Above all, cars still rely heavily on the mechanics who maintain them and nothing can be more precious than skills and experience.

Introduction to Toyota OBD
Toyota's OBD system is one of the most user-friendly and no major change has been made since the it was first introduced.

The design of service connectors may differ from model to model as well as year to year but the main procedures are mostly identical.
Early service sockets were round shaped and voltage meter had to be connected in order to obtain the code. The code was obtained by counting the number of times the voltage changes from 0 volts to 5 volts in given intervals.
However, modern service sockets are mostly square shaped and do not require a voltage meter. Instead it blinks the 'Check Engine' warning light.
Initially, codes were displayed in 1 digit figure, but as the OBD became capable of tracking more areas, it was no longer possible to cope with just 1 digit number thus most modern models display codes in 2 digits figure. Furthermore, some models are equipped with dual mode detection, which in addition to the ordinary diagnostic function, the system has a secondary mode which is capable of detecting instantaneous faults.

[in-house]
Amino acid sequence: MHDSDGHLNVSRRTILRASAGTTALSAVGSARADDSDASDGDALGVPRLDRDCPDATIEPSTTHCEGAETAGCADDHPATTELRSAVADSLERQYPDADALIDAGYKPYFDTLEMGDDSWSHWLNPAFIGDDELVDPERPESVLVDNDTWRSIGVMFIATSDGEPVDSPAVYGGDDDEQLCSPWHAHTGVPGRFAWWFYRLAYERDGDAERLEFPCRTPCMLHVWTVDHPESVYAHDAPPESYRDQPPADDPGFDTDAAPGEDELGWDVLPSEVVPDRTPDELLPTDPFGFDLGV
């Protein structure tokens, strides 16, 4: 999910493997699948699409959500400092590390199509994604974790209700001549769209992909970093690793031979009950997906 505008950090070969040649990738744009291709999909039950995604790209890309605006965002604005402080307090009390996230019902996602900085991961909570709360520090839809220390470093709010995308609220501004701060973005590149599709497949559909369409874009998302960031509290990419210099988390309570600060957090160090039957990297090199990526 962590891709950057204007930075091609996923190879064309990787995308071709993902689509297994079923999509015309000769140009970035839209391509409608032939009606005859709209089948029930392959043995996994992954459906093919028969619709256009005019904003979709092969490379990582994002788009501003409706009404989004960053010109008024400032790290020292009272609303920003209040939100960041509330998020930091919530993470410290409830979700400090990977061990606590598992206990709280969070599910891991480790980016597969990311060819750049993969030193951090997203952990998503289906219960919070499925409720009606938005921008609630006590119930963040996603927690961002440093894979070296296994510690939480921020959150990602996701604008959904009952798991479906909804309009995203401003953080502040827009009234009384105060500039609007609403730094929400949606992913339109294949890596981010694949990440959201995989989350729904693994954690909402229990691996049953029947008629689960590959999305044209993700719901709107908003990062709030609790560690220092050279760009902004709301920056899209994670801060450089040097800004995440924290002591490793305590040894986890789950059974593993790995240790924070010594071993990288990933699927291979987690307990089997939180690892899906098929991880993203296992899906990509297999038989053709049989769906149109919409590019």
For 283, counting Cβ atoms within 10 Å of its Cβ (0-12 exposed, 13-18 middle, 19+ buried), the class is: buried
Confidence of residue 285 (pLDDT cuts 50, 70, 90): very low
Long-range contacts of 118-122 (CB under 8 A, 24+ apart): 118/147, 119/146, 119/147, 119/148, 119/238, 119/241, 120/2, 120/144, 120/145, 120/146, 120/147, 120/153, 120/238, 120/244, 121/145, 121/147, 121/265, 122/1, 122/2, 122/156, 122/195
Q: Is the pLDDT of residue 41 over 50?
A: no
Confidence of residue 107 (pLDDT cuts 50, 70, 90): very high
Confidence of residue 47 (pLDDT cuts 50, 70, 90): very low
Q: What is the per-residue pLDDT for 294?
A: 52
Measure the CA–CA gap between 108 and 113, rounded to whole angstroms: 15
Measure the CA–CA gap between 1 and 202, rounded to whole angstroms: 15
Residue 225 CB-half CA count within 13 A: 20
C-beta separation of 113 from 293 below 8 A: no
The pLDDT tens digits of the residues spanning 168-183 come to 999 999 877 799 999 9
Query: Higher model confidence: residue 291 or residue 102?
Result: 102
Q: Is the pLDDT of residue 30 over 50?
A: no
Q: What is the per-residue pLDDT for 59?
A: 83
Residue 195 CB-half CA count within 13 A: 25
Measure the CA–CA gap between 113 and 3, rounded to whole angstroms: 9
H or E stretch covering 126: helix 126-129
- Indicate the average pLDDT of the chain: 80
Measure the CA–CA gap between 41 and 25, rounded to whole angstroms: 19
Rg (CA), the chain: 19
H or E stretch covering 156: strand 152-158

Obtaining the diagnostic code
There are two service connectors. One is located at various locations in the engine compartment depending on models, while the second one is located inside the car, usually below the driver's side dashboard and either of them can be used to carry out the test.


NORMAL MODE Testing
'NORMAL MODE' displays code(s) for the present faults as well as the faults occurred in the past.

1. Turn the ignition key to 'ON' position and make sure the 'Check Engine' warning lights on the dash board comes on.

2. Turn the ignition key to 'OFF' position.

3. Open the cover of the service socket located in the engine compartment.